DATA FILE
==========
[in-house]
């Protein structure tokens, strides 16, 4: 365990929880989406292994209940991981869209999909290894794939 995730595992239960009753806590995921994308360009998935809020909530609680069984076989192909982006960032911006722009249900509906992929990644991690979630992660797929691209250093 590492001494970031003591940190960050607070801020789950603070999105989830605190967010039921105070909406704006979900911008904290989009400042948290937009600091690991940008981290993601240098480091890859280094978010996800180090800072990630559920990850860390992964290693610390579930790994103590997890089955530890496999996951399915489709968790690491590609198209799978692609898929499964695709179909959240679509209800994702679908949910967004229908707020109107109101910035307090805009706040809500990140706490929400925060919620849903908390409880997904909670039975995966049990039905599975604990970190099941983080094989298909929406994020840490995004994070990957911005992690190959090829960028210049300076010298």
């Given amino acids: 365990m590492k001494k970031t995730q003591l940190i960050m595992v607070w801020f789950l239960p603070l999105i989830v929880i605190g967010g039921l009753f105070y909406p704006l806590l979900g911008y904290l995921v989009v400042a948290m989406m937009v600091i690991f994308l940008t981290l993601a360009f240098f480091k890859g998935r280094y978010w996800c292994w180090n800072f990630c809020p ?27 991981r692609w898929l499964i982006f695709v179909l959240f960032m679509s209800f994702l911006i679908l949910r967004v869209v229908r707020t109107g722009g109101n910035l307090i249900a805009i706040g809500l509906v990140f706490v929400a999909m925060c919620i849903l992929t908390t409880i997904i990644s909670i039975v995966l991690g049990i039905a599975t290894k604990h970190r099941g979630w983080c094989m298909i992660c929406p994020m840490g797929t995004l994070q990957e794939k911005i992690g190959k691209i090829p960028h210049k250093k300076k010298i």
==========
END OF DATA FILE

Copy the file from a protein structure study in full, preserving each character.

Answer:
[in-house]
């Protein structure tokens, strides 16, 4: 365990929880989406292994209940991981869209999909290894794939 995730595992239960009753806590995921994308360009998935809020909530609680069984076989192909982006960032911006722009249900509906992929990644991690979630992660797929691209250093 590492001494970031003591940190960050607070801020789950603070999105989830605190967010039921105070909406704006979900911008904290989009400042948290937009600091690991940008981290993601240098480091890859280094978010996800180090800072990630559920990850860390992964290693610390579930790994103590997890089955530890496999996951399915489709968790690491590609198209799978692609898929499964695709179909959240679509209800994702679908949910967004229908707020109107109101910035307090805009706040809500990140706490929400925060919620849903908390409880997904909670039975995966049990039905599975604990970190099941983080094989298909929406994020840490995004994070990957911005992690190959090829960028210049300076010298």
């Given amino acids: 365990m590492k001494k970031t995730q003591l940190i960050m595992v607070w801020f789950l239960p603070l999105i989830v929880i605190g967010g039921l009753f105070y909406p704006l806590l979900g911008y904290l995921v989009v400042a948290m989406m937009v600091i690991f994308l940008t981290l993601a360009f240098f480091k890859g998935r280094y978010w996800c292994w180090n800072f990630c809020p ?27 991981r692609w898929l499964i982006f695709v179909l959240f960032m679509s209800f994702l911006i679908l949910r967004v869209v229908r707020t109107g722009g109101n910035l307090i249900a805009i706040g809500l509906v990140f706490v929400a999909m925060c919620i849903l992929t908390t409880i997904i990644s909670i039975v995966l991690g049990i039905a599975t290894k604990h970190r099941g979630w983080c094989m298909i992660c929406p994020m840490g797929t995004l994070q990957e794939k911005i992690g190959k691209i090829p960028h210049k250093k300076k010298i």